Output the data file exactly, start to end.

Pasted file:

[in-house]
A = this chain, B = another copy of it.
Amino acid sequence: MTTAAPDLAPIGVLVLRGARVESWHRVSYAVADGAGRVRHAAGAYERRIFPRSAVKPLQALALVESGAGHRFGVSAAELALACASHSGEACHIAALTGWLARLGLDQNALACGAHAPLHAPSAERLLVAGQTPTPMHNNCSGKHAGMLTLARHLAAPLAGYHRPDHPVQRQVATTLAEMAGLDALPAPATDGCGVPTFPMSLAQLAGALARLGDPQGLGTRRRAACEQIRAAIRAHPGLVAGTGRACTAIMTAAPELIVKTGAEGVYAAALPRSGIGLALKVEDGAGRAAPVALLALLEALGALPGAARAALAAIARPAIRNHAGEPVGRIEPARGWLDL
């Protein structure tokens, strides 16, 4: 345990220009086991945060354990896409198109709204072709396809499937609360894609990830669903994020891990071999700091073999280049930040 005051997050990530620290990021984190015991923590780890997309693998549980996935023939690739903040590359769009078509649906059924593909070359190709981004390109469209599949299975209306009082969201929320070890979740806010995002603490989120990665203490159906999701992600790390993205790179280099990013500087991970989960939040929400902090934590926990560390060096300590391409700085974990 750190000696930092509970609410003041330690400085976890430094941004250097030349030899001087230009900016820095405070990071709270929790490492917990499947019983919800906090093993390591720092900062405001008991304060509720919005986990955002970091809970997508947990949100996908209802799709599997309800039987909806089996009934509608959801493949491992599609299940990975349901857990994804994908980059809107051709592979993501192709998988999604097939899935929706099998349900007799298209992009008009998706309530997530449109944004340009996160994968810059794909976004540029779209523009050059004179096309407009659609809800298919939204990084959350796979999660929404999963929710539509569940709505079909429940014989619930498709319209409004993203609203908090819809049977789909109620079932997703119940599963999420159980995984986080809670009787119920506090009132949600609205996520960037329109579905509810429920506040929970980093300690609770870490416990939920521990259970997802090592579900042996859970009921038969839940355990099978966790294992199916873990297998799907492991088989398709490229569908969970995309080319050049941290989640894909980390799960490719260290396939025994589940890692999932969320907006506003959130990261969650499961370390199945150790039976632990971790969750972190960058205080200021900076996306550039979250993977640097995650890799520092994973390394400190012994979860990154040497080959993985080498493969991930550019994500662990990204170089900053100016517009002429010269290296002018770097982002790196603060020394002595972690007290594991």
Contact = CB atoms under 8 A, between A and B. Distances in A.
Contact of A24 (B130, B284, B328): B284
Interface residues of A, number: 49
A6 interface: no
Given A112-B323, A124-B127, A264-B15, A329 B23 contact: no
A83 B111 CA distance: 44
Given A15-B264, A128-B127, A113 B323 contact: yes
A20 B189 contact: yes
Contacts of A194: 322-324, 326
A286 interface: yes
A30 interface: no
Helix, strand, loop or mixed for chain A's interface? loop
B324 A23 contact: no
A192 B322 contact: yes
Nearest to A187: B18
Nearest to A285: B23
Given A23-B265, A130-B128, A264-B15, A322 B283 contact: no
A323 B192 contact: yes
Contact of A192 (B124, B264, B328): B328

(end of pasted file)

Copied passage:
[in-house]
A = this chain, B = another copy of it.
Amino acid sequence: MTTAAPDLAPIGVLVLRGARVESWHRVSYAVADGAGRVRHAAGAYERRIFPRSAVKPLQALALVESGAGHRFGVSAAELALACASHSGEACHIAALTGWLARLGLDQNALACGAHAPLHAPSAERLLVAGQTPTPMHNNCSGKHAGMLTLARHLAAPLAGYHRPDHPVQRQVATTLAEMAGLDALPAPATDGCGVPTFPMSLAQLAGALARLGDPQGLGTRRRAACEQIRAAIRAHPGLVAGTGRACTAIMTAAPELIVKTGAEGVYAAALPRSGIGLALKVEDGAGRAAPVALLALLEALGALPGAARAALAAIARPAIRNHAGEPVGRIEPARGWLDL
């Protein structure tokens, strides 16, 4: 345990220009086991945060354990896409198109709204072709396809499937609360894609990830669903994020891990071999700091073999280049930040 005051997050990530620290990021984190015991923590780890997309693998549980996935023939690739903040590359769009078509649906059924593909070359190709981004390109469209599949299975209306009082969201929320070890979740806010995002603490989120990665203490159906999701992600790390993205790179280099990013500087991970989960939040929400902090934590926990560390060096300590391409700085974990 750190000696930092509970609410003041330690400085976890430094941004250097030349030899001087230009900016820095405070990071709270929790490492917990499947019983919800906090093993390591720092900062405001008991304060509720919005986990955002970091809970997508947990949100996908209802799709599997309800039987909806089996009934509608959801493949491992599609299940990975349901857990994804994908980059809107051709592979993501192709998988999604097939899935929706099998349900007799298209992009008009998706309530997530449109944004340009996160994968810059794909976004540029779209523009050059004179096309407009659609809800298919939204990084959350796979999660929404999963929710539509569940709505079909429940014989619930498709319209409004993203609203908090819809049977789909109620079932997703119940599963999420159980995984986080809670009787119920506090009132949600609205996520960037329109579905509810429920506040929970980093300690609770870490416990939920521990259970997802090592579900042996859970009921038969839940355990099978966790294992199916873990297998799907492991088989398709490229569908969970995309080319050049941290989640894909980390799960490719260290396939025994589940890692999932969320907006506003959130990261969650499961370390199945150790039976632990971790969750972190960058205080200021900076996306550039979250993977640097995650890799520092994973390394400190012994979860990154040497080959993985080498493969991930550019994500662990990204170089900053100016517009002429010269290296002018770097982002790196603060020394002595972690007290594991």
Contact = CB atoms under 8 A, between A and B. Distances in A.
Contact of A24 (B130, B284, B328): B284
Interface residues of A, number: 49
A6 interface: no
Given A112-B323, A124-B127, A264-B15, A329 B23 contact: no
A83 B111 CA distance: 44
Given A15-B264, A128-B127, A113 B323 contact: yes
A20 B189 contact: yes
Contacts of A194: 322-324, 326
A286 interface: yes
A30 interface: no
Helix, strand, loop or mixed for chain A's interface? loop
B324 A23 contact: no
A192 B322 contact: yes
Nearest to A187: B18
Nearest to A285: B23
Given A23-B265, A130-B128, A264-B15, A322 B283 contact: no
A323 B192 contact: yes
Contact of A192 (B124, B264, B328): B328